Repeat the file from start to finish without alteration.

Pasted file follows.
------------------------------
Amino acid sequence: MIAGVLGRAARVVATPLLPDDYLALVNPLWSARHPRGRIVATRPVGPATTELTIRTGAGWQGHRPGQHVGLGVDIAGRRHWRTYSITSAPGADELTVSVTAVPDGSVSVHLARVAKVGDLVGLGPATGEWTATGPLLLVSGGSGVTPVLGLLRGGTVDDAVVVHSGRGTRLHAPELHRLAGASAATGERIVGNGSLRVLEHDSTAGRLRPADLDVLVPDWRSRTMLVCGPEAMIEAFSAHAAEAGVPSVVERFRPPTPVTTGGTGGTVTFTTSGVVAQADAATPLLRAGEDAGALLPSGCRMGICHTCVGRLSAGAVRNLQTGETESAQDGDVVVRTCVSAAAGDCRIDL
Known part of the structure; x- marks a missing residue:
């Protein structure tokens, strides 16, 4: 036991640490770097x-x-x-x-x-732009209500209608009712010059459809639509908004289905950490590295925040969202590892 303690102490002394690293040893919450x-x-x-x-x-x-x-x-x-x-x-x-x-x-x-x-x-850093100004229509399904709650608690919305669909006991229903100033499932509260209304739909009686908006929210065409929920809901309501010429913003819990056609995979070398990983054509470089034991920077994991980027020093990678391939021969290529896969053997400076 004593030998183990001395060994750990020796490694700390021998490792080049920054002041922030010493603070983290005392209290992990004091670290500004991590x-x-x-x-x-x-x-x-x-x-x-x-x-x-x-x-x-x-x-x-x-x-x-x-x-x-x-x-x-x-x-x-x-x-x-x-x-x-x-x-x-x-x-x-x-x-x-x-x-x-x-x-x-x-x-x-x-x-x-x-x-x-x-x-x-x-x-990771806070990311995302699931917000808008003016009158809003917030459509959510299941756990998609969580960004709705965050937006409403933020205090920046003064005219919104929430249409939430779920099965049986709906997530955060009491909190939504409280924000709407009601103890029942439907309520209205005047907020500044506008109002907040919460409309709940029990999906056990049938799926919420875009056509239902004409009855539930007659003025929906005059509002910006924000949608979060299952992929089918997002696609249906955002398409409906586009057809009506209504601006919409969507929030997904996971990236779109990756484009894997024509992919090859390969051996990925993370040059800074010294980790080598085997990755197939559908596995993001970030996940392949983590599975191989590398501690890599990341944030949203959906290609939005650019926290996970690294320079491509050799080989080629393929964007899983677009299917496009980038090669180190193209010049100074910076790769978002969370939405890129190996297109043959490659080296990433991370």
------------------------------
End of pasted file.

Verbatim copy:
Amino acid sequence: MIAGVLGRAARVVATPLLPDDYLALVNPLWSARHPRGRIVATRPVGPATTELTIRTGAGWQGHRPGQHVGLGVDIAGRRHWRTYSITSAPGADELTVSVTAVPDGSVSVHLARVAKVGDLVGLGPATGEWTATGPLLLVSGGSGVTPVLGLLRGGTVDDAVVVHSGRGTRLHAPELHRLAGASAATGERIVGNGSLRVLEHDSTAGRLRPADLDVLVPDWRSRTMLVCGPEAMIEAFSAHAAEAGVPSVVERFRPPTPVTTGGTGGTVTFTTSGVVAQADAATPLLRAGEDAGALLPSGCRMGICHTCVGRLSAGAVRNLQTGETESAQDGDVVVRTCVSAAAGDCRIDL
Known part of the structure; x- marks a missing residue:
């Protein structure tokens, strides 16, 4: 036991640490770097x-x-x-x-x-732009209500209608009712010059459809639509908004289905950490590295925040969202590892 303690102490002394690293040893919450x-x-x-x-x-x-x-x-x-x-x-x-x-x-x-x-x-850093100004229509399904709650608690919305669909006991229903100033499932509260209304739909009686908006929210065409929920809901309501010429913003819990056609995979070398990983054509470089034991920077994991980027020093990678391939021969290529896969053997400076 004593030998183990001395060994750990020796490694700390021998490792080049920054002041922030010493603070983290005392209290992990004091670290500004991590x-x-x-x-x-x-x-x-x-x-x-x-x-x-x-x-x-x-x-x-x-x-x-x-x-x-x-x-x-x-x-x-x-x-x-x-x-x-x-x-x-x-x-x-x-x-x-x-x-x-x-x-x-x-x-x-x-x-x-x-x-x-x-x-x-x-x-990771806070990311995302699931917000808008003016009158809003917030459509959510299941756990998609969580960004709705965050937006409403933020205090920046003064005219919104929430249409939430779920099965049986709906997530955060009491909190939504409280924000709407009601103890029942439907309520209205005047907020500044506008109002907040919460409309709940029990999906056990049938799926919420875009056509239902004409009855539930007659003025929906005059509002910006924000949608979060299952992929089918997002696609249906955002398409409906586009057809009506209504601006919409969507929030997904996971990236779109990756484009894997024509992919090859390969051996990925993370040059800074010294980790080598085997990755197939559908596995993001970030996940392949983590599975191989590398501690890599990341944030949203959906290609939005650019926290996970690294320079491509050799080989080629393929964007899983677009299917496009980038090669180190193209010049100074910076790769978002969370939405890129190996297109043959490659080296990433991370």